My little golden girl and I

And she lies very still’

And you know it IS.

It chilled me more than any song had before. And maybe even since.

In Germany Before The War, it turns out, was inspired by the classic 1931 Fritz Lang film M, which featured Peter Lorre as a serial child killer.

This in turn was inspired by Peter Kürten who was known as the Düsseldorf Ripper, the Vampire of Düsseldorf or the Monster of Düsseldorf and was executed in July 1931 after confessing to nine murders.

Here are the lyrics:

In Germany Before The War

There was a man who owned a store

In nineteen hundred thirty-four

In Düsseldorf

And every night at fine-o-nine

He’d cross the park down to the Rhine

And he’d sit there by the shore

I’m looking at the river

But I’m thinking of the sea

Thinking of the sea

Thinking of the sea

I’m looking at the river

But I’m thinking of the sea

A little girl has lost her way

With hair of gold and eyes of gray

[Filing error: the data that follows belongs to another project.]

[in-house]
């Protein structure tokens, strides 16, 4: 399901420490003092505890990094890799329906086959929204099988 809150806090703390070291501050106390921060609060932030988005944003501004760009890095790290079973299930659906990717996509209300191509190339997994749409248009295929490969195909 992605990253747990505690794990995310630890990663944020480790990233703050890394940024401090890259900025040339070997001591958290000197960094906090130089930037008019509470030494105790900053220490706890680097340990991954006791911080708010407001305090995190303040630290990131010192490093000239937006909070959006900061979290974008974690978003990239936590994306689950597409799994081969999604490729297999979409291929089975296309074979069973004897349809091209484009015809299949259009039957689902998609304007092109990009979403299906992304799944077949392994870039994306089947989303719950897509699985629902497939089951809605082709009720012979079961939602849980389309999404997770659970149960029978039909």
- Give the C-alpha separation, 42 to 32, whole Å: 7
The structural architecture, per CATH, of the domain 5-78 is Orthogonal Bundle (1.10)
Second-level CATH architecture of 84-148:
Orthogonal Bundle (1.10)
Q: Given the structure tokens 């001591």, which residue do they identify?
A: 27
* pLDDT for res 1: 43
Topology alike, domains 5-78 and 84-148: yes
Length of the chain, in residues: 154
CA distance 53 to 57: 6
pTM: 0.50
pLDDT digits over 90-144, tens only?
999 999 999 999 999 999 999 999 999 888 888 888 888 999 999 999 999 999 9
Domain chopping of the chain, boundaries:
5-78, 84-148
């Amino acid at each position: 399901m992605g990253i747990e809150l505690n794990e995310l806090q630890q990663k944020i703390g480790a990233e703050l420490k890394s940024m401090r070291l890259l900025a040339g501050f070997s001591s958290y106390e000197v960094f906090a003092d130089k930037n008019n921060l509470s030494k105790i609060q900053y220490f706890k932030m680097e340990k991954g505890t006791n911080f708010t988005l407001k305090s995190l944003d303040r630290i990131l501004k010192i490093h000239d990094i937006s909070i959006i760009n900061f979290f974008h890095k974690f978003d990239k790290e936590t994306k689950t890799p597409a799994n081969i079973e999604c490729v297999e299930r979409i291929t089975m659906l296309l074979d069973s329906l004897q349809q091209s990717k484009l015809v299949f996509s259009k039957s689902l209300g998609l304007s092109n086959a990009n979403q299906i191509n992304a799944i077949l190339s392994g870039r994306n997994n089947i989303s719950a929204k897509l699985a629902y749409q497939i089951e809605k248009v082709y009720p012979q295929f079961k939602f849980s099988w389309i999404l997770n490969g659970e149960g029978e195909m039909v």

Reflected in his glasses

As he watches her

A little girl has lost her way

With hair of gold and eyes of gray

I’m looking at the river

But I’m thinking of the sea

Thinking of the sea

Thinking of the sea

We lie beneath the autumn sky

My little golden girl and I

And she lies very still

This post first appeared at Jedidiah Ayres’ Hardboiled Wonderland as part of his NARRATIVE MUSIC series.

Coming Soon: Crossing the Line by Frédérique Molay

french bookAnother Paris Homicide Mystery in Bookstores on September 23

Crossing the Line by Frédérique Molay

Just how far would you go for your loved ones? It’s Christmas in Paris and Chief of Police Nico Sirsky is back, in love and rearing to go, when he’s handed an odd case. He and his team of crack homicide detectives follow the clues from an apparent suicide, to an apparent accident, to an all-out murder as an intricate machination starts breaking down. Just how far can despair push a man? How clear is the line between good and evil?

“Procedural fans will appreciate the fresh take.” –Booklist